Dan Schaefer, Professor
Department of Animal Science
UW-Madison College of Agricultural and Life Sciences
Phone: (608) 263-4513
3:05 - Total Time
0:15 - Economic value of processed meats
0:28 - How research supports meat business
0:45 - New meat research lab
1:11 - Importance of new facility to business
1:38 - Examples of research
2:05 - Human health applications
2:40 - Vitamin D in pigs
2:55 - Lead out
The future of the meat processing business in Wisconsin. We’re visiting today with Dan Schaefer, Department of Animal Sciences, University of Wisconsin, in the College of Agricultural and Life Sciences, Madison, WI and I’m Sevie Kenyon.
Sevie Kenyon: Start out by telling us a little bit about the meat processing business here in the state.
Dan Schaefer: The meat processing business is significant in this state. It accounts for about $12 billion of economic impact and 88,000 jobs.
Sevie Kenyon: What does a Department of Animal Sciences have to do with that business?
Dan Schaefer: The Department of Animal Sciences is home to the meat science program. Our purpose is to create new information, to teach students and to extend that information to the residents of the state and, in fact, the meat industry beyond the state.
Sevie Kenyon: And Dan, what kind of new things do you have happening here?
Dan Schaefer: We’re seeking to build a new meat science center to replace a building which we currently have. This is a building that has a cost estimate of about $40 million. We are seeking half of that from partners within the meat industry and the other half would be state supported. We expect to build this building in 2015 to 2017. And that is the big news.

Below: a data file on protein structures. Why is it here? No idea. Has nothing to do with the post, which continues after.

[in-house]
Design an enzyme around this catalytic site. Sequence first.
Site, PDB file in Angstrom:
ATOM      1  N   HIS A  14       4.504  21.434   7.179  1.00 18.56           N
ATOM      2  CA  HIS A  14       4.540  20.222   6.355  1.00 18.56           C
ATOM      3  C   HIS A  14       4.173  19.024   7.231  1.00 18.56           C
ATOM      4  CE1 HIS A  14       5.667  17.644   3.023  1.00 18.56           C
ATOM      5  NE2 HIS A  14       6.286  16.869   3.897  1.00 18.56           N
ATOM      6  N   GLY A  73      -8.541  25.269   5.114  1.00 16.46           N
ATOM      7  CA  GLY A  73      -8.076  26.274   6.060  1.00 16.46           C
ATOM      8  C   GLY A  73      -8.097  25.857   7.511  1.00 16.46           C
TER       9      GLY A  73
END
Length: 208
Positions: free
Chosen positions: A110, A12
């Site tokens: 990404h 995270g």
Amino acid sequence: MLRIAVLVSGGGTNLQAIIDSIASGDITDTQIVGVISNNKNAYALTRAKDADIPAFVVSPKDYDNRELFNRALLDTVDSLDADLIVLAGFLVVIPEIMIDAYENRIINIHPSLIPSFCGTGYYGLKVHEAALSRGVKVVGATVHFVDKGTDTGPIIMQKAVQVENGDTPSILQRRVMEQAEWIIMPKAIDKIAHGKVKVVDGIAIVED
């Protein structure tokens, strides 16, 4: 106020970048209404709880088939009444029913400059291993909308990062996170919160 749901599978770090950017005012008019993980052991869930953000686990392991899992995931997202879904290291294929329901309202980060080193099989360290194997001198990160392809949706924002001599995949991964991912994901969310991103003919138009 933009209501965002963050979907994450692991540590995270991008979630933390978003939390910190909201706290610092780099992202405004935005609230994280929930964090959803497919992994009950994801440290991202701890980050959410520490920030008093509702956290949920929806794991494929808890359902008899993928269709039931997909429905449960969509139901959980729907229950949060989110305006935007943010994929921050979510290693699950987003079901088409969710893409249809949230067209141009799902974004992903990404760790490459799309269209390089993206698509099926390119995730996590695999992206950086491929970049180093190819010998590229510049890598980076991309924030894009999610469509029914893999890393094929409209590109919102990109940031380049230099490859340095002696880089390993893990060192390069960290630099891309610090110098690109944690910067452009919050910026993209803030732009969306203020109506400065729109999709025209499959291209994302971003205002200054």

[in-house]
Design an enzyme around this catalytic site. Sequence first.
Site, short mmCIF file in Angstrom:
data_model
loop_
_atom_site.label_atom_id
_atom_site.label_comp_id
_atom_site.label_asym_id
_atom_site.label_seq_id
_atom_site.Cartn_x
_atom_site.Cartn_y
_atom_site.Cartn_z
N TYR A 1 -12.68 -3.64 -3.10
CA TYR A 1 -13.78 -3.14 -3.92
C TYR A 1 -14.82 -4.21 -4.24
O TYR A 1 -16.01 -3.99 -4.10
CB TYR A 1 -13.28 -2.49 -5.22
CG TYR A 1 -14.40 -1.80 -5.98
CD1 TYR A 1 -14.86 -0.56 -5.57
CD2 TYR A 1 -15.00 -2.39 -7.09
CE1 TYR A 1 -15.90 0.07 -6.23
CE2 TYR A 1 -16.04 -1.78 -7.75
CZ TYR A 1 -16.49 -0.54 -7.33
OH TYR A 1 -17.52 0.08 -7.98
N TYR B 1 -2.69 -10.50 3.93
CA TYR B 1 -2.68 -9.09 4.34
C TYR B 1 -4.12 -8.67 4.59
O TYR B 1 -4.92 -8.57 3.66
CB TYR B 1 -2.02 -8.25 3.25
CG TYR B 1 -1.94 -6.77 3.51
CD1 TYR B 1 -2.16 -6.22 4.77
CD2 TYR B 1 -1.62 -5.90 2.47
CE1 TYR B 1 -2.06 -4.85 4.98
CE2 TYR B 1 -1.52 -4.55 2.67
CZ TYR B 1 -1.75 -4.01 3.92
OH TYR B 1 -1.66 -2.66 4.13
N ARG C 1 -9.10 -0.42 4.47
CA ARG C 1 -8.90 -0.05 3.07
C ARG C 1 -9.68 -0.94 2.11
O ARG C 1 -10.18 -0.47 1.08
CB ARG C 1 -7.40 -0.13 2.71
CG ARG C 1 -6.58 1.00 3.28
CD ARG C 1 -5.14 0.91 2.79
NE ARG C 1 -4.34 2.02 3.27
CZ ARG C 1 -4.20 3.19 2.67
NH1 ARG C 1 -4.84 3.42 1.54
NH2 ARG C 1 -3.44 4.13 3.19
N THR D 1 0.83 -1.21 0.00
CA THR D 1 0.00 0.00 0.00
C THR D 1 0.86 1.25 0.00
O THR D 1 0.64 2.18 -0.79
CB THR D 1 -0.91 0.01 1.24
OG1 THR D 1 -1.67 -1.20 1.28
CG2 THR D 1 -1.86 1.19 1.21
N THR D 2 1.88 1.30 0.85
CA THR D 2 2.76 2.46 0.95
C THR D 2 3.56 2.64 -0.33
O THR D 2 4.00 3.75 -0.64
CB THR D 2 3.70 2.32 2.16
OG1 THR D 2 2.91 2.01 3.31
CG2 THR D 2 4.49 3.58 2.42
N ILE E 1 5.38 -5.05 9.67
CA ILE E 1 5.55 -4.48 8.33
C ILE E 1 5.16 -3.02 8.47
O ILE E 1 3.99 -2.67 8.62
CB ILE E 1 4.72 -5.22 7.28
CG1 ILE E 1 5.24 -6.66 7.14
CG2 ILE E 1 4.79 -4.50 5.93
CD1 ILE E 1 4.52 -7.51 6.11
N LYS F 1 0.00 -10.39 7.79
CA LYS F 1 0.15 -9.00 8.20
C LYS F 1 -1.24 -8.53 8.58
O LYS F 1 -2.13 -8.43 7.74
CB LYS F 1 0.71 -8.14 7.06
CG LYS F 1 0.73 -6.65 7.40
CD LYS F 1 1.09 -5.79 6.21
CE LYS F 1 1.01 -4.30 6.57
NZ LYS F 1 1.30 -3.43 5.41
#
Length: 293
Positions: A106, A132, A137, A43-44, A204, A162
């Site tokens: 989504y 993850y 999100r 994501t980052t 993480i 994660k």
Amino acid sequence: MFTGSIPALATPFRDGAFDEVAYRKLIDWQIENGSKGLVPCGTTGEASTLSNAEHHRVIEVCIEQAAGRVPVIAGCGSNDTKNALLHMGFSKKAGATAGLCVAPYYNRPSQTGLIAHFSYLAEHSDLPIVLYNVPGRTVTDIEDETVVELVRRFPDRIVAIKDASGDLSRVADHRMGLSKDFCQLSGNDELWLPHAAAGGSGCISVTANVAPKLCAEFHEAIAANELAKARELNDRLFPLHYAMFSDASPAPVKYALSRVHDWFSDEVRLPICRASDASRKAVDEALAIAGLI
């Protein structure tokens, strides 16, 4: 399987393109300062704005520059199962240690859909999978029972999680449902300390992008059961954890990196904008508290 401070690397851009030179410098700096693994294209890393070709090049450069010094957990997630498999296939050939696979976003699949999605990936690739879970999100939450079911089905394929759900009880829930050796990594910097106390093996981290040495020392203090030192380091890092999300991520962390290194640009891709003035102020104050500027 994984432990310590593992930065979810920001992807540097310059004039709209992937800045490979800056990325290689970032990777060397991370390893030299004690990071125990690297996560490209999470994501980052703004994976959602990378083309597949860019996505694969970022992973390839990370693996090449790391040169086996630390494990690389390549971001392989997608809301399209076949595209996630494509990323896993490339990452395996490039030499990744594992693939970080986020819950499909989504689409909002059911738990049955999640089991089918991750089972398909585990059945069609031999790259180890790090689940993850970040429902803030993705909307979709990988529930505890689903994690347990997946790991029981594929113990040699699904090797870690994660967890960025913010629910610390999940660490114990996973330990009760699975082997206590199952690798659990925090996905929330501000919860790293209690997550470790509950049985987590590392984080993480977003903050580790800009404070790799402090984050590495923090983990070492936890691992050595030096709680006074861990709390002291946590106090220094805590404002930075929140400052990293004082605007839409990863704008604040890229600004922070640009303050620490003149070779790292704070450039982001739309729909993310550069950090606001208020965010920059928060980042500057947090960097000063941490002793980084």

Sevie Kenyon: And what will this building for the business?
Dan Schaefer: This building will be a place where new products are created. The new products could involve processing techniques and formulations for new meat products. The program will also seek to add value to those portions of livestock that are not meat. We hope to create products that are going to be beneficial, in terms of human health.
Sevie Kenyon: And Dan, do you have some examples?
Dan Schaefer: Some of those products would be anti-coagulants for use in human medicine. Another product is one which facilitates skin healing for burn victims and many others of that sort that cannot be synthesized using biotechnology but are available if we extract them from animal tissues.
Sevie Kenyon: Well Dan, I’d like you to look into your crystal ball a little bit and talk about that future.
Dan Schaefer: I am excited because we have faculty members who are thinking creatively about the molecules that they can find and extract from animal tissues. They envision new markets and new applications for these products. This is all very exciting because there is no other place in the world that is seeking to put this kind of a focus to a research effort to find new kinds of molecules that could be useful in human medicine.
Sevie Kenyon: Dan, what kind of research do you have happening that’s a benefit and an interest to the agricultural community?
Dan Schaefer: We fed pigs a diet that was devoid of Vitamin D. This now becomes a model whereby Vitamin D metabolism in the pig can be studied and the requirements of the pig can be recognized with greater precision.
Sevie Kenyon: We’ve been visiting with Dan Schaefer, Department of Animal Sciences, University of Wisconsin, in the College of Agricultural and Life Sciences, Madison, WI and I’m Sevie Kenyon.